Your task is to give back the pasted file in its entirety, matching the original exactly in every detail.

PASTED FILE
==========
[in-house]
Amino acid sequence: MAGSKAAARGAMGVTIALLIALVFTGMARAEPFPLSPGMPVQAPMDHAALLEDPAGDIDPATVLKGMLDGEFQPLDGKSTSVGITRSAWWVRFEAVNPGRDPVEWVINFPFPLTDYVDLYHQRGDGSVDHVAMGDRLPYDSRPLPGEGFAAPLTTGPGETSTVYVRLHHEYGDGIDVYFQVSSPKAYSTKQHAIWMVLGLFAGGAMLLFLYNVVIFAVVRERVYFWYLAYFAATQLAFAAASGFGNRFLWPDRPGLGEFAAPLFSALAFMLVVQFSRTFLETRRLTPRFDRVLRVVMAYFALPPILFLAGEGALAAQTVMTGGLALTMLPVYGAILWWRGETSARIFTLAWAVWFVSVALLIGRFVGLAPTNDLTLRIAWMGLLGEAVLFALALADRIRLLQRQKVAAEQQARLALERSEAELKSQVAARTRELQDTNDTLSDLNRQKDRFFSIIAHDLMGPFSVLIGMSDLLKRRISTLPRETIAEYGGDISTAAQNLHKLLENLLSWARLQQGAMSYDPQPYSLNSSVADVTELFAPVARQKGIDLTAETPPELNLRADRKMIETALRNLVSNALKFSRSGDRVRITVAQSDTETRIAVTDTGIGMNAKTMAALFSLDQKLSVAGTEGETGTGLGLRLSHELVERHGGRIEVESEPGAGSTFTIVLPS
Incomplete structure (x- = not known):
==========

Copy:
[in-house]
Amino acid sequence: MAGSKAAARGAMGVTIALLIALVFTGMARAEPFPLSPGMPVQAPMDHAALLEDPAGDIDPATVLKGMLDGEFQPLDGKSTSVGITRSAWWVRFEAVNPGRDPVEWVINFPFPLTDYVDLYHQRGDGSVDHVAMGDRLPYDSRPLPGEGFAAPLTTGPGETSTVYVRLHHEYGDGIDVYFQVSSPKAYSTKQHAIWMVLGLFAGGAMLLFLYNVVIFAVVRERVYFWYLAYFAATQLAFAAASGFGNRFLWPDRPGLGEFAAPLFSALAFMLVVQFSRTFLETRRLTPRFDRVLRVVMAYFALPPILFLAGEGALAAQTVMTGGLALTMLPVYGAILWWRGETSARIFTLAWAVWFVSVALLIGRFVGLAPTNDLTLRIAWMGLLGEAVLFALALADRIRLLQRQKVAAEQQARLALERSEAELKSQVAARTRELQDTNDTLSDLNRQKDRFFSIIAHDLMGPFSVLIGMSDLLKRRISTLPRETIAEYGGDISTAAQNLHKLLENLLSWARLQQGAMSYDPQPYSLNSSVADVTELFAPVARQKGIDLTAETPPELNLRADRKMIETALRNLVSNALKFSRSGDRVRITVAQSDTETRIAVTDTGIGMNAKTMAALFSLDQKLSVAGTEGETGTGLGLRLSHELVERHGGRIEVESEPGAGSTFTIVLPS
Incomplete structure (x- = not known):